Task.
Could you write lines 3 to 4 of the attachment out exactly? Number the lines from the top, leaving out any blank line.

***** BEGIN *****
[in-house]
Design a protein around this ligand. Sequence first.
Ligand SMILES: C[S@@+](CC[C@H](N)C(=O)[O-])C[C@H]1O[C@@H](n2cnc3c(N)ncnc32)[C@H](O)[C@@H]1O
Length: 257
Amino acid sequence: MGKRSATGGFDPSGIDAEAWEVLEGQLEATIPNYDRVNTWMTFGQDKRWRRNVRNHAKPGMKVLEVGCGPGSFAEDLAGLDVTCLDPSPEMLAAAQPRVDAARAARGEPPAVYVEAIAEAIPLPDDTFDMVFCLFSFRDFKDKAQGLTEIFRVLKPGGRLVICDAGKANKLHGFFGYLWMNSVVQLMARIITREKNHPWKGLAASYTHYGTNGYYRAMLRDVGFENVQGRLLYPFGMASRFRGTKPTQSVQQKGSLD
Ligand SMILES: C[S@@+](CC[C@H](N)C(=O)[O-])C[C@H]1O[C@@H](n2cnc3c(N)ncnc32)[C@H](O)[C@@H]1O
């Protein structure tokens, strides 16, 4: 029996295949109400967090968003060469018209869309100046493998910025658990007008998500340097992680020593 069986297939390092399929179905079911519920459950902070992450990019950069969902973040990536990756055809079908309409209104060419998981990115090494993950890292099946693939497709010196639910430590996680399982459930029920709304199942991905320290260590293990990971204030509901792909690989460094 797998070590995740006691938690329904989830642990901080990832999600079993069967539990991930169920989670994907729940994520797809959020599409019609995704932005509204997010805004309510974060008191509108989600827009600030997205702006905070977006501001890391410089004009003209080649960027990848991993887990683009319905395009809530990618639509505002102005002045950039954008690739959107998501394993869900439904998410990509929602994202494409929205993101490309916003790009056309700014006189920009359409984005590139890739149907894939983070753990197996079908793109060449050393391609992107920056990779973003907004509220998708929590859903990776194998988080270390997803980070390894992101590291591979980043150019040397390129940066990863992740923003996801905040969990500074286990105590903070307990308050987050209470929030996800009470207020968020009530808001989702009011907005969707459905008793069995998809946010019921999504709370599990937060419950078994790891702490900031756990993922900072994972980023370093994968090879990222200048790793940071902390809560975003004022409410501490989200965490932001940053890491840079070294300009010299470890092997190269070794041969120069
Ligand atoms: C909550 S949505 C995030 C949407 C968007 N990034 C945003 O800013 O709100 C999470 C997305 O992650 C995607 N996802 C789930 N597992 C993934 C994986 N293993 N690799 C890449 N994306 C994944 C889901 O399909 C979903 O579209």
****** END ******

Ligand SMILES: C[S@@+](CC[C@H](N)C(=O)[O-])C[C@H]1O[C@@H](n2cnc3c(N)ncnc32)[C@H](O)[C@@H]1O
Length: 257